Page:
Get documentation, take pictures of your stuff before giving it away.
Donated property like clothing, furniture, electronics and appliances now must be in “good condition or better” to qualify for a deduction. A receipt from a charity stating “3 boxes and 3 bags of clothing” won’t be adequate. Provide a detailed list showing each item. Take pictures showing good condition.
You have to prove that property you donated to charity wasn’t junk—so your digital camera could be your best ally if you’re audited.
Besides a document from the charity, you must maintain information on how and when the property was acquired, its original cost, and its contribution value. Without a detailed list, you’re sunk.
“Substantiate” even tiny donations
The new rules mean you must “substantiate” any cash charitable contribution of less than $250. You’ll need either a bank record (a cancelled check or credit-card statement) or a receipt showing the name of organization and date and amount of the contribution. There’s no wiggle room now.
If you put a $20 bill in the church collection plate every Sunday, you have to get and save a receipt for each contribution. But it’s not too late. You can still go back to the church for the receipts if you haven’t filed your return yet. Using checks instead avoids the problem.
Above $250 is stricter
If you gave away $250 or more at once (not in installments) a bank record alone won’t do. The charity must give you a letter or receipt showing the date and the amount of cash (or description of the property) you gave. It must say whether you received any goods or services in consideration for the gift, and, if you did, a description and estimate of their value.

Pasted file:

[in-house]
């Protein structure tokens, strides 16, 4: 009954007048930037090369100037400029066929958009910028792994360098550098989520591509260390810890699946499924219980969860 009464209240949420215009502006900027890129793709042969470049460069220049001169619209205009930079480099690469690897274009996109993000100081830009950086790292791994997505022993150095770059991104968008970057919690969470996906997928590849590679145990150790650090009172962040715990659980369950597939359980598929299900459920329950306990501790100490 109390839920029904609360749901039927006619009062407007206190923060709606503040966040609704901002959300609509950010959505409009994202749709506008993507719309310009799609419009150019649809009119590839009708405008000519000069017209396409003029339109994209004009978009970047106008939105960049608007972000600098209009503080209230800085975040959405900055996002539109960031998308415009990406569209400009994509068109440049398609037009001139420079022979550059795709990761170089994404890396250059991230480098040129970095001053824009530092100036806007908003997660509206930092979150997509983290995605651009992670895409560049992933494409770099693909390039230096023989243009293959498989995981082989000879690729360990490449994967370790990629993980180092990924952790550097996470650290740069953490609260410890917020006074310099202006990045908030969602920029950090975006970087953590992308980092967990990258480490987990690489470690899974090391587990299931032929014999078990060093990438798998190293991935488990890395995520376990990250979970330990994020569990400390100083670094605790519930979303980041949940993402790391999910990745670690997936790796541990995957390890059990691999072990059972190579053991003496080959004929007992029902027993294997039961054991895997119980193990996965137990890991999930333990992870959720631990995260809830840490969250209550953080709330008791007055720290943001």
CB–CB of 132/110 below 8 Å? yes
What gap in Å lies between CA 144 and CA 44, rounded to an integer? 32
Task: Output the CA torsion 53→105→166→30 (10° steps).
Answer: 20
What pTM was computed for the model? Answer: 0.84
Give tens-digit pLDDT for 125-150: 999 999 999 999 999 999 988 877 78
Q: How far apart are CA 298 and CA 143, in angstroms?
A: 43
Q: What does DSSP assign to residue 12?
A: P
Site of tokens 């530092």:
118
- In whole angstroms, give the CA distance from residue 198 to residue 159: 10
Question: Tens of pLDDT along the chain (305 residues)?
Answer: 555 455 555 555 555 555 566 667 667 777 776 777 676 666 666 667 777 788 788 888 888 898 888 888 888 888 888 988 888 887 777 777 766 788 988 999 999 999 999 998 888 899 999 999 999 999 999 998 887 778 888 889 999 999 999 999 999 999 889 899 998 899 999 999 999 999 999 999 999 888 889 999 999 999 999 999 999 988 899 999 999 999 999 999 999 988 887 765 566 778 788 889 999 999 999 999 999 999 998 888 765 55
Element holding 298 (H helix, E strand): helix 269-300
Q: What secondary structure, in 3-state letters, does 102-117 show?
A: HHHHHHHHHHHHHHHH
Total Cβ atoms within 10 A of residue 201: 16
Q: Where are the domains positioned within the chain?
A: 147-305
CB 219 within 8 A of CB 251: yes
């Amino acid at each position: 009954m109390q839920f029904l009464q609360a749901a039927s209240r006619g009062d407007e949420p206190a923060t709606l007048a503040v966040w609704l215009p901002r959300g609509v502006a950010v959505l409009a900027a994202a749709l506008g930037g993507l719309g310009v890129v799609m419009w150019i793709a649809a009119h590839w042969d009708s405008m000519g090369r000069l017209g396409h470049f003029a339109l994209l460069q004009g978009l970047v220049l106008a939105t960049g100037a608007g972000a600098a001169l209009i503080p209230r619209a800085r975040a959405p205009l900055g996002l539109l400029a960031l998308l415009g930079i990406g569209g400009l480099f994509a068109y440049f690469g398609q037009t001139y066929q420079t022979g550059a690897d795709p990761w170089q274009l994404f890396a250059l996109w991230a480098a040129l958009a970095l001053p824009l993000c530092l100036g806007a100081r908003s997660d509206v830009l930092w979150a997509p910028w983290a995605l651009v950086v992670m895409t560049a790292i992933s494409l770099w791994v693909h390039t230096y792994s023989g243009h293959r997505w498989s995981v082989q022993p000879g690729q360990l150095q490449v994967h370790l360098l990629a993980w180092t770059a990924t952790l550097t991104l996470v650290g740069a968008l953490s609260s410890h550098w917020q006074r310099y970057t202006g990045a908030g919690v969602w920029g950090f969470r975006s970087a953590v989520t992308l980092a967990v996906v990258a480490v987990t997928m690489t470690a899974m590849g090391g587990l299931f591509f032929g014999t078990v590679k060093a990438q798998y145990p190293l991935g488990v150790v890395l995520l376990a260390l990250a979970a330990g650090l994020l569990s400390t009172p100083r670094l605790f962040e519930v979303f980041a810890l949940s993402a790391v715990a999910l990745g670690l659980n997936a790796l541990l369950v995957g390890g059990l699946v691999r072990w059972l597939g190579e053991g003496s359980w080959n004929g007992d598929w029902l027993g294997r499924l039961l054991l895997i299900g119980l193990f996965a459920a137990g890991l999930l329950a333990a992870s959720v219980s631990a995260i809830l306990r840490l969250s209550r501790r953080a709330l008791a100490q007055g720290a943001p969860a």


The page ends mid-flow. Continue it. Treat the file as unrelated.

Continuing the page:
You have to get this letter before you file your return. If you haven’t gotten one yet, contact the charity now.
When a noncash contribution is greater than $500, you must file Form 8283 with your tax return and further describe of the items you contributed. For contributions of goods worth more than $5,000, you must obtain a written appraisal, and the Form 8283 must be signed by both the appraiser and the charity.
You used to be able to donate your old car to a charity and deduct the book value. The book value is the amount that an auto dealer could get for the car.
Now, you can only deduct the amount of money the charity expects to get by selling the car—and that’s usually a lot less than book value.
If you claimed a deduction of more than $500 for your car, make sure the charity gives you a Form 1098-C (contributions of motor vehicles, boats, and airplanes). You must file this form with your federal tax return.
Charitable contributions of artwork, land, life insurance policies, collectibles, antiques, etc. may require additional substantiation and appraisals, and it’s a wise to consult with a tax professional first.
Bob DiQuollo is president of Brinton Eaton Wealth Management, a leading fee-only financial-planning, tax-advisory, and investment-management firm in Madison, N.J. He is a Certified Financial Planner (CFP) a Certified Public Accountant (CPA) and a Personal Financial Specialist (PFS). He holds BS and MBA degrees from Seton Hall University and is a member of the Financial Planning Association (FPA), the National Association of Personal Financial Advisors (NAPFA) and the American Institute of Certified Public Accountants. For more information, please email firstname.lastname@example.org or visit www.brintoneaton.com.